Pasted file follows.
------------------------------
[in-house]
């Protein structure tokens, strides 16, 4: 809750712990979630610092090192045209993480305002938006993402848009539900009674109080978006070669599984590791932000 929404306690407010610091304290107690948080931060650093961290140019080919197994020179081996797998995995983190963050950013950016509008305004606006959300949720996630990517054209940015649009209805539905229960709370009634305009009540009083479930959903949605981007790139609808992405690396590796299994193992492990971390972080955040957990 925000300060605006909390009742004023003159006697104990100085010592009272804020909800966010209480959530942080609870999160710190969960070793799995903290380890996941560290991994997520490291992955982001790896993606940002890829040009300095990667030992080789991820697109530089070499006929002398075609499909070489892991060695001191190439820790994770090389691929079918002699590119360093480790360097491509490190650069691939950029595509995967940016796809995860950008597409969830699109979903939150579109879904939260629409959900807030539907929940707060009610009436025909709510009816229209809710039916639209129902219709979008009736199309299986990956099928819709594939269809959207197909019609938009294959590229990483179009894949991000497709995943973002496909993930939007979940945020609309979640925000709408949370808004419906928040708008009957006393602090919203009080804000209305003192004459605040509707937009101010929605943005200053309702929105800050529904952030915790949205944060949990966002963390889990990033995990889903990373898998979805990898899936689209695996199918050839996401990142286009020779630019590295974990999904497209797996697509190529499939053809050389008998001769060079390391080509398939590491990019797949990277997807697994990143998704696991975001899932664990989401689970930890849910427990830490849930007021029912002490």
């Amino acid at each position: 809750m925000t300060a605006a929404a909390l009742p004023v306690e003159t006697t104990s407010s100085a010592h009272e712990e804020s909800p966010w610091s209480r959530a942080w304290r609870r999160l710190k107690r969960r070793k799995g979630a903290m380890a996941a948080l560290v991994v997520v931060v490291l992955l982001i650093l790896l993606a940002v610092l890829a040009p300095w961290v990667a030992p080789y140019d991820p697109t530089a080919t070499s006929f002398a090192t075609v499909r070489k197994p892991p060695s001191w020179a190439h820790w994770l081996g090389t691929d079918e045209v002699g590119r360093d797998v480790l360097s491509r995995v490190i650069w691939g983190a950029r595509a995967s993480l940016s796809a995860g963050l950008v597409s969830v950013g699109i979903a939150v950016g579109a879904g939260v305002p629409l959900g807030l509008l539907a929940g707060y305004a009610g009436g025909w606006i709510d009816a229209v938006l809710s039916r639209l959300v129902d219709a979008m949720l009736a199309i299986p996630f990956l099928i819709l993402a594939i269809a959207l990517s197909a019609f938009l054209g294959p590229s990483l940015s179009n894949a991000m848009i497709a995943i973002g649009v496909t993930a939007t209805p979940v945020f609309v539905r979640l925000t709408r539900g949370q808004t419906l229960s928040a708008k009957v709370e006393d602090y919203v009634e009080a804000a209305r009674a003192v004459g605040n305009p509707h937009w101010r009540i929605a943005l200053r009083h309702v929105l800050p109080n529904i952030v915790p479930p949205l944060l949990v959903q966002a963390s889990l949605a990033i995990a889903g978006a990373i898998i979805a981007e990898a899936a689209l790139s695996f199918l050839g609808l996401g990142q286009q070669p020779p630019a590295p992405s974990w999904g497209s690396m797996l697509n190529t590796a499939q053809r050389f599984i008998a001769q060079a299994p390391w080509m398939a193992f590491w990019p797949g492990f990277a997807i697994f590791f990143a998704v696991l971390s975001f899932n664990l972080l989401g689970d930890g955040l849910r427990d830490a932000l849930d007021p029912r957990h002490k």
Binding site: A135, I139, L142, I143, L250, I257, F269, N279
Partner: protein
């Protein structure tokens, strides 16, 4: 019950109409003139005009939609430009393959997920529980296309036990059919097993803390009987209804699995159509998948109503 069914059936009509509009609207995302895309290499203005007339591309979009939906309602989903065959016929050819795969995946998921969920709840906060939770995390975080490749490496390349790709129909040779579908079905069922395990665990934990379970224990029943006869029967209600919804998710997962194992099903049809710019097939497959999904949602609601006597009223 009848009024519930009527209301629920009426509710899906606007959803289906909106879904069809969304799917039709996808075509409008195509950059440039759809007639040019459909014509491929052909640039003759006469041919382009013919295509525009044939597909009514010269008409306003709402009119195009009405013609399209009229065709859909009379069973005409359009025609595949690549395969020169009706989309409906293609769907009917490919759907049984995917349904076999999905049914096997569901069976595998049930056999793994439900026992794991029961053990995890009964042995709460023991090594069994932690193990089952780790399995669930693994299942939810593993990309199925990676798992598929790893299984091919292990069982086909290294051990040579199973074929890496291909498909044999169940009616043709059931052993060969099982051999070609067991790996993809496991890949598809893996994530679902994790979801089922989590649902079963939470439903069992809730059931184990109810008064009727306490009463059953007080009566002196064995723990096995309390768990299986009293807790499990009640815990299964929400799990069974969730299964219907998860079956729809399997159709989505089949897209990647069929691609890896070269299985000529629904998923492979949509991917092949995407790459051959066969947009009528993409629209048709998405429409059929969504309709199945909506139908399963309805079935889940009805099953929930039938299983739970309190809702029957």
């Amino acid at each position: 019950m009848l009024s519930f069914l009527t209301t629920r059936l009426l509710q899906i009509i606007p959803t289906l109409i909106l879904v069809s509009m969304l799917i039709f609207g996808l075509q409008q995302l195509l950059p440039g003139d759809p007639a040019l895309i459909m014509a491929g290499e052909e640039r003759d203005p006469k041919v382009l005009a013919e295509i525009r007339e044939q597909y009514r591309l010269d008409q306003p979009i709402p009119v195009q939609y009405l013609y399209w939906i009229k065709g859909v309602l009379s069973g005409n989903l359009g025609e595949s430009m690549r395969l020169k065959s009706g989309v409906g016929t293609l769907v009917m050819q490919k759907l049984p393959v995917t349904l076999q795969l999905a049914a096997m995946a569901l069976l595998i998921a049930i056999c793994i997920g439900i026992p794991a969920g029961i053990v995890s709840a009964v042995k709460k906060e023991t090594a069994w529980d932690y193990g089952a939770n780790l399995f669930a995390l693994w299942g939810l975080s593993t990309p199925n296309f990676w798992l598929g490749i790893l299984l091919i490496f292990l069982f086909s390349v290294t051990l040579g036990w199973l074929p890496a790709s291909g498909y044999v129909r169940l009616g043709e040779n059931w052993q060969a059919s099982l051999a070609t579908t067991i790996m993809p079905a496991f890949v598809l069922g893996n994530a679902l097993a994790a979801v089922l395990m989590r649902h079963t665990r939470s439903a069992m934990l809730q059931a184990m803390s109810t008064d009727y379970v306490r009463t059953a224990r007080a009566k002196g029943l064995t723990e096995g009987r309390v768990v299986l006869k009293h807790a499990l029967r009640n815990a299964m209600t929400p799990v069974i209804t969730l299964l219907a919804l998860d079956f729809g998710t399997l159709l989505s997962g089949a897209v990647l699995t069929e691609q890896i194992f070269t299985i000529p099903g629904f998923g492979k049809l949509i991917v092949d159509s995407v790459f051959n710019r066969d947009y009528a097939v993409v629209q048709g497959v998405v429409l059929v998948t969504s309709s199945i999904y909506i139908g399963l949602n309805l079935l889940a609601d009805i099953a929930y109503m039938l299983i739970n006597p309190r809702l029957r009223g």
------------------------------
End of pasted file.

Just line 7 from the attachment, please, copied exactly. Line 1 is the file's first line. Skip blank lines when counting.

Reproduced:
């Amino acid at each position: 019950m009848l009024s519930f069914l009527t209301t629920r059936l009426l509710q899906i009509i606007p959803t289906l109409i909106l879904v069809s509009m969304l799917i039709f609207g996808l075509q409008q995302l195509l950059p440039g003139d759809p007639a040019l895309i459909m014509a491929g290499e052909e640039r003759d203005p006469k041919v382009l005009a013919e295509i525009r007339e044939q597909y009514r591309l010269d008409q306003p979009i709402p009119v195009q939609y009405l013609y399209w939906i009229k065709g859909v309602l009379s069973g005409n989903l359009g025609e595949s430009m690549r395969l020169k065959s009706g989309v409906g016929t293609l769907v009917m050819q490919k759907l049984p393959v995917t349904l076999q795969l999905a049914a096997m995946a569901l069976l595998i998921a049930i056999c793994i997920g439900i026992p794991a969920g029961i053990v995890s709840a009964v042995k709460k906060e023991t090594a069994w529980d932690y193990g089952a939770n780790l399995f669930a995390l693994w299942g939810l975080s593993t990309p199925n296309f990676w798992l598929g490749i790893l299984l091919i490496f292990l069982f086909s390349v290294t051990l040579g036990w199973l074929p890496a790709s291909g498909y044999v129909r169940l009616g043709e040779n059931w052993q060969a059919s099982l051999a070609t579908t067991i790996m993809p079905a496991f890949v598809l069922g893996n994530a679902l097993a994790a979801v089922l395990m989590r649902h079963t665990r939470s439903a069992m934990l809730q059931a184990m803390s109810t008064d009727y379970v306490r009463t059953a224990r007080a009566k002196g029943l064995t723990e096995g009987r309390v768990v299986l006869k009293h807790a499990l029967r009640n815990a299964m209600t929400p799990v069974i209804t969730l299964l219907a919804l998860d079956f729809g998710t399997l159709l989505s997962g089949a897209v990647l699995t069929e691609q890896i194992f070269t299985i000529p099903g629904f998923g492979k049809l949509i991917v092949d159509s995407v790459f051959n710019r066969d947009y009528a097939v993409v629209q048709g497959v998405v429409l059929v998948t969504s309709s199945i999904y909506i139908g399963l949602n309805l079935l889940a609601d009805i099953a929930y109503m039938l299983i739970n006597p309190r809702l029957r009223g």